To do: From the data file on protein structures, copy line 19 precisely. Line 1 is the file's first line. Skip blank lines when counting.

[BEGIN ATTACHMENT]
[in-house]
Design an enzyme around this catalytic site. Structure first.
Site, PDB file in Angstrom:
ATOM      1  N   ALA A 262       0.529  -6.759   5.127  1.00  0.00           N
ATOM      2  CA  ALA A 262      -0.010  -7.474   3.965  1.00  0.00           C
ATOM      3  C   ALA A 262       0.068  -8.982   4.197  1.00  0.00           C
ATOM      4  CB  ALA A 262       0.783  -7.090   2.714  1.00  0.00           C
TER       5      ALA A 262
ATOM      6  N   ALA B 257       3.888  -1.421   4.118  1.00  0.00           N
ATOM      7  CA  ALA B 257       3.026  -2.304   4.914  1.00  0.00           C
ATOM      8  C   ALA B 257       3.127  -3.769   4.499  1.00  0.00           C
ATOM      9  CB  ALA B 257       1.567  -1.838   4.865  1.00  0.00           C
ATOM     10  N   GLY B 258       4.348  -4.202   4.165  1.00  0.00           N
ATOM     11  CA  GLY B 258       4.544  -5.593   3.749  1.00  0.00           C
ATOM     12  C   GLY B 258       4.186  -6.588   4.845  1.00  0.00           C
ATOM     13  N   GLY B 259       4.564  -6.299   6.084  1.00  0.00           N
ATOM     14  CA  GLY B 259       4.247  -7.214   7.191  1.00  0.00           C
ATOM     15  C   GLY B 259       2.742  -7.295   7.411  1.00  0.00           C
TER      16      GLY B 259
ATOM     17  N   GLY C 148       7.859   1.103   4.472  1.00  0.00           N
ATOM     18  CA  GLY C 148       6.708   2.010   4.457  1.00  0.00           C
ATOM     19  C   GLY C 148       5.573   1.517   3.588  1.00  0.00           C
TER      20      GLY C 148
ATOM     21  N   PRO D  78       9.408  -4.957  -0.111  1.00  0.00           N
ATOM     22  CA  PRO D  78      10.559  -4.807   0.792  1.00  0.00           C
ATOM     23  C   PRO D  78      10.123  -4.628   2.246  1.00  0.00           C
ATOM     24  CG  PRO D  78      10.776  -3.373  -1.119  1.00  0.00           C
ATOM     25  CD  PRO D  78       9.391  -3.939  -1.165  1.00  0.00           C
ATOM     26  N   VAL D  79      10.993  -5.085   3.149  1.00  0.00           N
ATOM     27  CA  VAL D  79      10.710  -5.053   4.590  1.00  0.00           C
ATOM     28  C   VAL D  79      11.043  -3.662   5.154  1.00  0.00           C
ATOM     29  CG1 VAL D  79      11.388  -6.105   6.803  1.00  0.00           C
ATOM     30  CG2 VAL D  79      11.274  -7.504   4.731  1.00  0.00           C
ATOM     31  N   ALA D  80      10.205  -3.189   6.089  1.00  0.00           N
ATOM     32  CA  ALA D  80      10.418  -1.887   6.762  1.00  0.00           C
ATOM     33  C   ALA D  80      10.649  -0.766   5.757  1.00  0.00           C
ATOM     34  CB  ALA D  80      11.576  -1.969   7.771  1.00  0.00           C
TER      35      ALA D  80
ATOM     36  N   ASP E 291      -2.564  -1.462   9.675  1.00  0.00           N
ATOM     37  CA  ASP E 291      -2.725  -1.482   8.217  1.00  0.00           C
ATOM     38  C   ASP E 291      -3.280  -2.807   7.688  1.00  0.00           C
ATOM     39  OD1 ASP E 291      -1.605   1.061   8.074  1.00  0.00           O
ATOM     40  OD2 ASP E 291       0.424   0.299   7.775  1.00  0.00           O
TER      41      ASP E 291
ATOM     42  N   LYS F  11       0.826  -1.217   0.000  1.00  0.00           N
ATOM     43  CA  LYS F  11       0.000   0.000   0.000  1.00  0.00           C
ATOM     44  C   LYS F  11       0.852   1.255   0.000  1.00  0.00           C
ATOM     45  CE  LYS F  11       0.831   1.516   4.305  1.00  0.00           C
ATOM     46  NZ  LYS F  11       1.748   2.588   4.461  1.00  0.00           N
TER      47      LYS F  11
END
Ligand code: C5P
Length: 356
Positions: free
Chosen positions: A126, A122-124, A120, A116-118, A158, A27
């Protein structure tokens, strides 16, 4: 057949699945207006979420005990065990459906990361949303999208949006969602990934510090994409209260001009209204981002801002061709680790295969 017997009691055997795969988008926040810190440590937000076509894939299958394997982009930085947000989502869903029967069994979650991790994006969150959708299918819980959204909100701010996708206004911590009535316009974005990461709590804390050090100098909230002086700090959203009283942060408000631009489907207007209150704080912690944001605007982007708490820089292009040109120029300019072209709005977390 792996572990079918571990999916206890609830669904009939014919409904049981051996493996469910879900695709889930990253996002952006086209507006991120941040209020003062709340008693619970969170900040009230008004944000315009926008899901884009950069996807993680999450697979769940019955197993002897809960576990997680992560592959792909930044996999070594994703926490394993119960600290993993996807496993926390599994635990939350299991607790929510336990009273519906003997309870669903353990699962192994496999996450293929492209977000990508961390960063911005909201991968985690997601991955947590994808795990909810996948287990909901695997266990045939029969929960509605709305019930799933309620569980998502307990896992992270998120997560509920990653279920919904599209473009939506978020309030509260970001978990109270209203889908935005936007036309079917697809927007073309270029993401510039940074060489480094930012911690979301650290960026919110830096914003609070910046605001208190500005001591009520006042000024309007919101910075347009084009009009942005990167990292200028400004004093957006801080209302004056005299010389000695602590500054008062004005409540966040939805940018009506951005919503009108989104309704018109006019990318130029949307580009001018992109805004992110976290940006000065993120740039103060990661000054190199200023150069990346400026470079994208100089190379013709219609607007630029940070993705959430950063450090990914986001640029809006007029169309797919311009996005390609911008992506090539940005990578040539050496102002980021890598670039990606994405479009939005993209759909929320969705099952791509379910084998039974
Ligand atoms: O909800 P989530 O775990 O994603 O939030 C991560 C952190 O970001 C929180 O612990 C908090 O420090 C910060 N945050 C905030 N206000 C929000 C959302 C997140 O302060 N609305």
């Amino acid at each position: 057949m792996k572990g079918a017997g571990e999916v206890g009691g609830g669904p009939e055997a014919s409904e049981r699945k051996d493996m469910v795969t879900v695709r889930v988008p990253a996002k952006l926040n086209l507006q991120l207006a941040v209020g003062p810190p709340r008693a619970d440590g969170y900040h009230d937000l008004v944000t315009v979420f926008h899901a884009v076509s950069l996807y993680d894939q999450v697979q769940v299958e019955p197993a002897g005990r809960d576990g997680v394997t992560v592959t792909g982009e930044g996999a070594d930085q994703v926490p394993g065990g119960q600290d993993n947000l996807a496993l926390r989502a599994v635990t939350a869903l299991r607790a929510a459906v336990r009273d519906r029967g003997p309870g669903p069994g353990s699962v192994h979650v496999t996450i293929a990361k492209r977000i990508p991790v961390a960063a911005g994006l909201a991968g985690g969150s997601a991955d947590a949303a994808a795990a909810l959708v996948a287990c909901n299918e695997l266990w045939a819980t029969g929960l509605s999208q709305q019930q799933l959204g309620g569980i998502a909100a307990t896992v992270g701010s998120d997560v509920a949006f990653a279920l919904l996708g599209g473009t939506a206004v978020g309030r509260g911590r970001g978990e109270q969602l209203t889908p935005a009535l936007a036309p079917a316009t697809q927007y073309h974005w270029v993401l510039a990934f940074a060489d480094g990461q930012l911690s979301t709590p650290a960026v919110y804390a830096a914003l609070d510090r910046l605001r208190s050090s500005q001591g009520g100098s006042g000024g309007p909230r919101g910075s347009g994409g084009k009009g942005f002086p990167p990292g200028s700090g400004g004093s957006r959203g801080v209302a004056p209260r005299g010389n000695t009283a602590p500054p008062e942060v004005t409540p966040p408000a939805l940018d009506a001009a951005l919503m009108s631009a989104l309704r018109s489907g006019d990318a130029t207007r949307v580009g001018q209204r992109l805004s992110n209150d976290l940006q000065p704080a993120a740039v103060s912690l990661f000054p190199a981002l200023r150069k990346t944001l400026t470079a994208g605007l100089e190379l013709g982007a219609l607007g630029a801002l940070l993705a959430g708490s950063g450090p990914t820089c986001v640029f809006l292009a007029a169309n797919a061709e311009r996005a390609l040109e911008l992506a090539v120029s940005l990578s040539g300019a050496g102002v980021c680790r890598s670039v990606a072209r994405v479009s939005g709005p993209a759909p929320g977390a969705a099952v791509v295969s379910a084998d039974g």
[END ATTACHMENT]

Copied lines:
TER      16      GLY B 259